On Dec. 8, the SEC’s Division of Corporation Finance released a statement “regarding recent developments in crypto-asset markets.”
The guidance has targeted companies that have disclosure obligations under federal securities laws. Citing “widespread disruption” in crypto markets, the regulator said that companies should evaluate their disclosures and update them if crypto is involved.
“In meeting their disclosure obligations, companies should consider the need to address crypto asset market developments in their filings generally, including in their business descriptions, risk factors, and management’s discussion and analysis,”
Furthermore, auditing firms have already upgraded crypto firms to high risk.
SEC: We Want to Know About Your Crypto Involvement
It has been widely predicted that regulators would use the FTX fiasco to crack down on the industry, and the SEC is doing exactly that, portraying the entire industry as overtly risky and dangerous.
The agency harked back to the 1933 securities act, which requires firms to make disclosures in the interests of their investors. With crypto being deemed as the new axis of evil now, it has been added too.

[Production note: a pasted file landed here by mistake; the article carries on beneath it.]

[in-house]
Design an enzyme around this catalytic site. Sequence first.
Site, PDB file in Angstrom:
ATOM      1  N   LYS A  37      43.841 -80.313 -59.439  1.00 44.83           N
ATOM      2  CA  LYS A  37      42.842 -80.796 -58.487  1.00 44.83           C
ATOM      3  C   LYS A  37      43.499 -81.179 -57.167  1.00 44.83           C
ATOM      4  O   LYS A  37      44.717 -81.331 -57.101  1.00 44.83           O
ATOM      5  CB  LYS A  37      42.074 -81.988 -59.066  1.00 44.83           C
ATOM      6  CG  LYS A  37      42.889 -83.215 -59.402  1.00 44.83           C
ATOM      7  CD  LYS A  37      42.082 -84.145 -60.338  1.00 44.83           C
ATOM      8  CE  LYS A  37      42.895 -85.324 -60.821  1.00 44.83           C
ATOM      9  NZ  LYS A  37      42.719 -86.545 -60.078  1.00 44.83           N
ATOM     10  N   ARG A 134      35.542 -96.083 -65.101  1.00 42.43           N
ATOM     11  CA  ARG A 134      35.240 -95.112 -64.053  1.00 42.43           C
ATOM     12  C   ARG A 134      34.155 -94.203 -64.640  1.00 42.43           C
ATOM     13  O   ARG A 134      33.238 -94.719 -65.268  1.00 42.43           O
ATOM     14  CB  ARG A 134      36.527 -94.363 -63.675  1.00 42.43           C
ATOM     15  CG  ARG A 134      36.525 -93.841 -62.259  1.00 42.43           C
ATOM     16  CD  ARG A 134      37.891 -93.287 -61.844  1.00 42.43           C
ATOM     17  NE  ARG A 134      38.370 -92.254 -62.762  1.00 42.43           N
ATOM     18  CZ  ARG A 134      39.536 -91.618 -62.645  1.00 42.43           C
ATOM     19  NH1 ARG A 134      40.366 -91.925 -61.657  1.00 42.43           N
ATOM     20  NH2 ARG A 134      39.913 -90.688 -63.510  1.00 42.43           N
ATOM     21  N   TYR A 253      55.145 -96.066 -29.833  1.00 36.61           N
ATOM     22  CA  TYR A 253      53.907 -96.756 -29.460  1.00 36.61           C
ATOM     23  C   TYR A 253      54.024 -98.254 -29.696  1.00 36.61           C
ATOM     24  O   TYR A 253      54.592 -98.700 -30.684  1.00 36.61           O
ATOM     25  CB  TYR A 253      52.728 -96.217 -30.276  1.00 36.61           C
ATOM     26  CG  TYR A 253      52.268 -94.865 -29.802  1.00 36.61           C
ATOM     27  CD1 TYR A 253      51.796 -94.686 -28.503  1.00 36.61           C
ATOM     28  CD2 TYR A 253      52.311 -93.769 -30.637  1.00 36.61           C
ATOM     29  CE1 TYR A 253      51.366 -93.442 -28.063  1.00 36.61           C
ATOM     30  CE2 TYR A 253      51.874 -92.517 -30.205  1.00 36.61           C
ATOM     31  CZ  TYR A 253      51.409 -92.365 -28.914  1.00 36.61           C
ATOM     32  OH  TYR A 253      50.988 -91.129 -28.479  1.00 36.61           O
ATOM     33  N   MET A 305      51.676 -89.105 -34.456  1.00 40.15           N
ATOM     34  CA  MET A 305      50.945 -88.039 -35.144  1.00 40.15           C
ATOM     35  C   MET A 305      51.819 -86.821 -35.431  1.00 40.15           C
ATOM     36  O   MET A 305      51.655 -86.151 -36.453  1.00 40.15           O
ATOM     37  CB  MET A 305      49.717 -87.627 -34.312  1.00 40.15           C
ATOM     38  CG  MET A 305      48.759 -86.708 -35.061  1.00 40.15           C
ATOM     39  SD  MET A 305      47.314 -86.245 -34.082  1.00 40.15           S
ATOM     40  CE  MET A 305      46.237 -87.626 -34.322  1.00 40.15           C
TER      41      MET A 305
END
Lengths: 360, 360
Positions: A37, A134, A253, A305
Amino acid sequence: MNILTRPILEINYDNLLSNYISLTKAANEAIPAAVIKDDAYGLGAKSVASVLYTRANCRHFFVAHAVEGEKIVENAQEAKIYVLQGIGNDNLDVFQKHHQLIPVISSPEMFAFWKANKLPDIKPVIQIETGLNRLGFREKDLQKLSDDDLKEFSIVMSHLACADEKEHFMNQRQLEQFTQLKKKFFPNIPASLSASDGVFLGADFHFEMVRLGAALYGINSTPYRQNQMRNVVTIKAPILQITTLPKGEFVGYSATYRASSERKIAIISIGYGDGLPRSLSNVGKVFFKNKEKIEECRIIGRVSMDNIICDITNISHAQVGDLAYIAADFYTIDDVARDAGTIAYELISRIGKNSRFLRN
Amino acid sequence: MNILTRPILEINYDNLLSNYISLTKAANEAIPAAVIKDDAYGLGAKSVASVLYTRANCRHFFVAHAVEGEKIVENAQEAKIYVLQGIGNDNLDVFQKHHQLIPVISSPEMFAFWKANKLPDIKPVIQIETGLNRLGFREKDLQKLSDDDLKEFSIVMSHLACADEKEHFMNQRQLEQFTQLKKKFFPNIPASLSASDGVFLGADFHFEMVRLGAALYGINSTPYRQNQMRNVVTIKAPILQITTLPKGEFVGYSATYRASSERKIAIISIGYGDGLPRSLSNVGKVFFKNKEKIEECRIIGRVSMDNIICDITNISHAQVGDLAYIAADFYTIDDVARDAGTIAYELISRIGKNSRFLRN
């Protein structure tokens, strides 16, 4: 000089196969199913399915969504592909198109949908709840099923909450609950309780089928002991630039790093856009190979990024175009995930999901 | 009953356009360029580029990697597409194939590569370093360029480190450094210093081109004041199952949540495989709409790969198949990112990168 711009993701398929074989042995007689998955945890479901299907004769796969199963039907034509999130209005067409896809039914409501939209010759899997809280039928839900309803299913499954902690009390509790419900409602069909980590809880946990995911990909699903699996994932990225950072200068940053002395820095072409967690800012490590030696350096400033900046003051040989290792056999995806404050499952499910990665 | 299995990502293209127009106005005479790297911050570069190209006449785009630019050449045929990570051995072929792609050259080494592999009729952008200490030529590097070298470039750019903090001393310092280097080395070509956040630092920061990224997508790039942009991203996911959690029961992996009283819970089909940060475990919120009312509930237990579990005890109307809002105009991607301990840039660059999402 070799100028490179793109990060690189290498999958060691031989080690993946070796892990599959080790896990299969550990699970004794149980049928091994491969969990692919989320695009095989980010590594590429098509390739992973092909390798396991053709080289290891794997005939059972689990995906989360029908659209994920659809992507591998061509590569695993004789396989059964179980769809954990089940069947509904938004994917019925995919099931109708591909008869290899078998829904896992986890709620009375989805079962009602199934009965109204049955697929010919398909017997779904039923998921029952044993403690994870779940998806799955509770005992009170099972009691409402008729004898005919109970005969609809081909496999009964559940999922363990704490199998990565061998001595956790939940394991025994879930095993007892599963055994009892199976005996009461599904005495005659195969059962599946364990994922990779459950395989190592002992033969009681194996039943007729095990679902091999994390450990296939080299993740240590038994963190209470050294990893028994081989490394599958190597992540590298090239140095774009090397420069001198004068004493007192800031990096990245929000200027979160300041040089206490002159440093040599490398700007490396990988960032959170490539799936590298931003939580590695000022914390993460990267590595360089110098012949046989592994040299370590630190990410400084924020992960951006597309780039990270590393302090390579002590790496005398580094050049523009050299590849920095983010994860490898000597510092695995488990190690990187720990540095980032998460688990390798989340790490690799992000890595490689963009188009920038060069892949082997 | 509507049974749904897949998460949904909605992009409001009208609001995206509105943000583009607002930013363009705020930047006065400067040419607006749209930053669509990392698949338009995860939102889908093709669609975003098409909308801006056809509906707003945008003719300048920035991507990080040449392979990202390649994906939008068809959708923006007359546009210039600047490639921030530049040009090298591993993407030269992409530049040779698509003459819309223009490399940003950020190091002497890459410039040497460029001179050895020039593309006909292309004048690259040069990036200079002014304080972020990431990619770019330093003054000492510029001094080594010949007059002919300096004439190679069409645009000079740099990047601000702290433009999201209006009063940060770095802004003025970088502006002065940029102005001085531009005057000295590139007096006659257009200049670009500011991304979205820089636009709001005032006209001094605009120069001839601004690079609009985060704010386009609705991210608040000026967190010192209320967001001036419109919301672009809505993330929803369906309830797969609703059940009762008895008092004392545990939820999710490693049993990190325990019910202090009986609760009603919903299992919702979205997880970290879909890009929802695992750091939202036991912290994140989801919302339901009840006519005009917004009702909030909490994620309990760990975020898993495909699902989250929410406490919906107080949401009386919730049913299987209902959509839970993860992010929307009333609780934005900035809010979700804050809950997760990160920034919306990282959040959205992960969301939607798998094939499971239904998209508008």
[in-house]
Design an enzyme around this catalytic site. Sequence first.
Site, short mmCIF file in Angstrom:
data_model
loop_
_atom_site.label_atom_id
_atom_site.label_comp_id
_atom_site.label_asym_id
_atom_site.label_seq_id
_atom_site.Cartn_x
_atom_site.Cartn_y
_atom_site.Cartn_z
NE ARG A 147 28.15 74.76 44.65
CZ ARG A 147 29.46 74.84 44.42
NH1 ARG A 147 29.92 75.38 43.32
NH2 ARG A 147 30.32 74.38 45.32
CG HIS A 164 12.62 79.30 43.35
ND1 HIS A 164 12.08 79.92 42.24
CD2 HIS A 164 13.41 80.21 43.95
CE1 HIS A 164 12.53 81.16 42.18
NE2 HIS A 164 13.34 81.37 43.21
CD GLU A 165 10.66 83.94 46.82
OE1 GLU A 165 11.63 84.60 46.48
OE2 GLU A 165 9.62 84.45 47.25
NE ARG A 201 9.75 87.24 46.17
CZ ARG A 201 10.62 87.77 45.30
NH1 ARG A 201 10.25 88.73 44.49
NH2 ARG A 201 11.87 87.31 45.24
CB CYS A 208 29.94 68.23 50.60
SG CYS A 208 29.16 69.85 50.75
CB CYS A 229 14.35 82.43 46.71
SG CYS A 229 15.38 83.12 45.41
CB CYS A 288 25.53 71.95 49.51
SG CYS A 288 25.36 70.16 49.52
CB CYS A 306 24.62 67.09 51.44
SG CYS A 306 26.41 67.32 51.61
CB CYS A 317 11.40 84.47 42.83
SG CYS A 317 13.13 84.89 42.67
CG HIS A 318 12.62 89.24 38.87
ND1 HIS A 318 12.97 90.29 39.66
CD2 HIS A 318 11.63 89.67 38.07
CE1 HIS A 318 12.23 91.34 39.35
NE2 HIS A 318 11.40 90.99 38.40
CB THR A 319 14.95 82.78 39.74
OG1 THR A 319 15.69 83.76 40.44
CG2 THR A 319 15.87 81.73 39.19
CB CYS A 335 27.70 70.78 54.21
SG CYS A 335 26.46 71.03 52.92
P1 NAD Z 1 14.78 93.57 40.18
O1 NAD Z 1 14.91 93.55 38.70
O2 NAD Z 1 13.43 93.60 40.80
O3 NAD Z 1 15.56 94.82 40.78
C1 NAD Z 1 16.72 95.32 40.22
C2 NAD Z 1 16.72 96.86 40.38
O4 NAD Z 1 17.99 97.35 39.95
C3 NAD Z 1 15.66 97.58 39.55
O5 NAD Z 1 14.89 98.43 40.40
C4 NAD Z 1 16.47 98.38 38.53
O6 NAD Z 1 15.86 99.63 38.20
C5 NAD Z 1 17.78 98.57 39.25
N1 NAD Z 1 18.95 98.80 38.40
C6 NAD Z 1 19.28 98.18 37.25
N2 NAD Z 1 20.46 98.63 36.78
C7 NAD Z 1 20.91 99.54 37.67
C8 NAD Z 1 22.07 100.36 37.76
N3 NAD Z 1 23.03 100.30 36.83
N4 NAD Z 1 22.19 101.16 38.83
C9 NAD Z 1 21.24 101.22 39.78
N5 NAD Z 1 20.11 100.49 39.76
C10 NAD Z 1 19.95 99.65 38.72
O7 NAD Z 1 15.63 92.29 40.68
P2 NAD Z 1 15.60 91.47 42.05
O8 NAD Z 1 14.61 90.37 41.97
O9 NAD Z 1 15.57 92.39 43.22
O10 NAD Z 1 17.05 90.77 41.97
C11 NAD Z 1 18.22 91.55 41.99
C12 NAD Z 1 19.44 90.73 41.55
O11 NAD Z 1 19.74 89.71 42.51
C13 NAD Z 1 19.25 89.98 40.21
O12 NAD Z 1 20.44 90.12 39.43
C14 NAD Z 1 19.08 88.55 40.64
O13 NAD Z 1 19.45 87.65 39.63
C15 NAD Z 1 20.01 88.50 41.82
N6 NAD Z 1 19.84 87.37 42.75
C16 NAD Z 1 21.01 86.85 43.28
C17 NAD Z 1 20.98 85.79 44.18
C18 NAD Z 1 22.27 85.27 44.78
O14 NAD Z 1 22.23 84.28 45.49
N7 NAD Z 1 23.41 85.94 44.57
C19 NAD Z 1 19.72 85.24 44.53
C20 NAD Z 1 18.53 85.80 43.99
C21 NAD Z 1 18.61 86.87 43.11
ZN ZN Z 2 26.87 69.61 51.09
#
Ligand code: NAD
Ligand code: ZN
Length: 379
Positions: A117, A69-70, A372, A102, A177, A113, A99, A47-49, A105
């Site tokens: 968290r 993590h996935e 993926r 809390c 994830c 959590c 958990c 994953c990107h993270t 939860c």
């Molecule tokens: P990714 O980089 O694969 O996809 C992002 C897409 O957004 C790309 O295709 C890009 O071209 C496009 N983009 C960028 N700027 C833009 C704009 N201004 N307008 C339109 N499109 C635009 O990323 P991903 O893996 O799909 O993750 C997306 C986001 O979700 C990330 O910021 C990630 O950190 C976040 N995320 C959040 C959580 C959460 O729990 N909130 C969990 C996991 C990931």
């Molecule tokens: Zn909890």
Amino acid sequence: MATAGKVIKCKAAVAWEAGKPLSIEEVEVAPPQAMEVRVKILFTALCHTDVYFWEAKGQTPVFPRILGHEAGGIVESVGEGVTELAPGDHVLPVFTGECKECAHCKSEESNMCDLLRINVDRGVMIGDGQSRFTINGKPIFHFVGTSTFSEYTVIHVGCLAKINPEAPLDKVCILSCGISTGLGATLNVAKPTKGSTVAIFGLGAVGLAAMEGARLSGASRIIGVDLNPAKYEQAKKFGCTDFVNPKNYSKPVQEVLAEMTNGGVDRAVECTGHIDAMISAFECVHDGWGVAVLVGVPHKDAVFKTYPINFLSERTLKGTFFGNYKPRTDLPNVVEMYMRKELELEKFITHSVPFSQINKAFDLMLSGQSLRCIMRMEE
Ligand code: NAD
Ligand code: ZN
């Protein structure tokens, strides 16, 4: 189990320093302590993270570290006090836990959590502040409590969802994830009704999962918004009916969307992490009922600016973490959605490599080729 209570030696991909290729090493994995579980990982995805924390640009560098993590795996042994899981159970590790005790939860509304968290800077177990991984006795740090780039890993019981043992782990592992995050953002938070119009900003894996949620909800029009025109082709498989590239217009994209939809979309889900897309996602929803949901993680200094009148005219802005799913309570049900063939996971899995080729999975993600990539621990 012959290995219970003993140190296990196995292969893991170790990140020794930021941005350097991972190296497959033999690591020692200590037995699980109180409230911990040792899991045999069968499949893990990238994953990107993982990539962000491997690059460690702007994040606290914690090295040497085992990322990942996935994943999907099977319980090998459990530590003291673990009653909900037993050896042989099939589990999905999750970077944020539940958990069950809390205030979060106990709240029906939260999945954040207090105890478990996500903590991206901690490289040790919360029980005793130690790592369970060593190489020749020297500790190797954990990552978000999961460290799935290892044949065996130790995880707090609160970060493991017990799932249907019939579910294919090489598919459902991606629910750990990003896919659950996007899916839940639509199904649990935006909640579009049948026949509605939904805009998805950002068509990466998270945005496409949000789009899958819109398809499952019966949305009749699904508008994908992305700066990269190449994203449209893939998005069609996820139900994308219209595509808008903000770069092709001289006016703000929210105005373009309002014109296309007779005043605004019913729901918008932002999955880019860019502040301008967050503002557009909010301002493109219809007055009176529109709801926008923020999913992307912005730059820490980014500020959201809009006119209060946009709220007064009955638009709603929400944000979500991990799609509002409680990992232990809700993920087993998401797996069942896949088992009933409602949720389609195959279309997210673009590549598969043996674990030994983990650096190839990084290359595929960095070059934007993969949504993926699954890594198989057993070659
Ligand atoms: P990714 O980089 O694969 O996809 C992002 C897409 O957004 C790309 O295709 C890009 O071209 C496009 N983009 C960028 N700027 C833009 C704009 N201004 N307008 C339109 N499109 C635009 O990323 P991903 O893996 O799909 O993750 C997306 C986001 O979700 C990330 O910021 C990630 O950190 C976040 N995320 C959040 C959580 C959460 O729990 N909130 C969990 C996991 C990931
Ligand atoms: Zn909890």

Companies now need to disclose if they have direct or indirect relations with crypto firms that meet the following criteria:
Have filed for bankruptcy or been decreed insolvent or bankrupt.
Have experienced excessive redemptions or suspended redemptions or withdrawals of crypto assets.
Have the crypto assets of their customers unaccounted for.
Have experienced material and corporate compliance failures.
Additionally, companies are required to describe any material risks to the business from regulatory developments relating to crypto assets.
The SEC even provided them with a sample letter to use as a template when filing or updating disclosures.
A Shadow Crypto Crackdown
The move may be intended to discourage companies from having any dealings with the crypto industry.
The SEC is clearly gearing up to come down hard on crypto. It does not yet have the authority to fully regulate the sector but is making moves in that direction.
If a regulatory framework in the U.S. grants the SEC full authority over the industry, crypto companies will need to comply with the same laws as stock exchanges and banks. On Dec. 8, the CEO of the Intercontinental Exchange (ICE), Jeffrey Sprecher, agreed that crypto assets should be regulated as securities.
This will effectively make it much harder for retail traders to participate in the markets. It could also result in a mass exodus of fintech firms and innovation from the United States.
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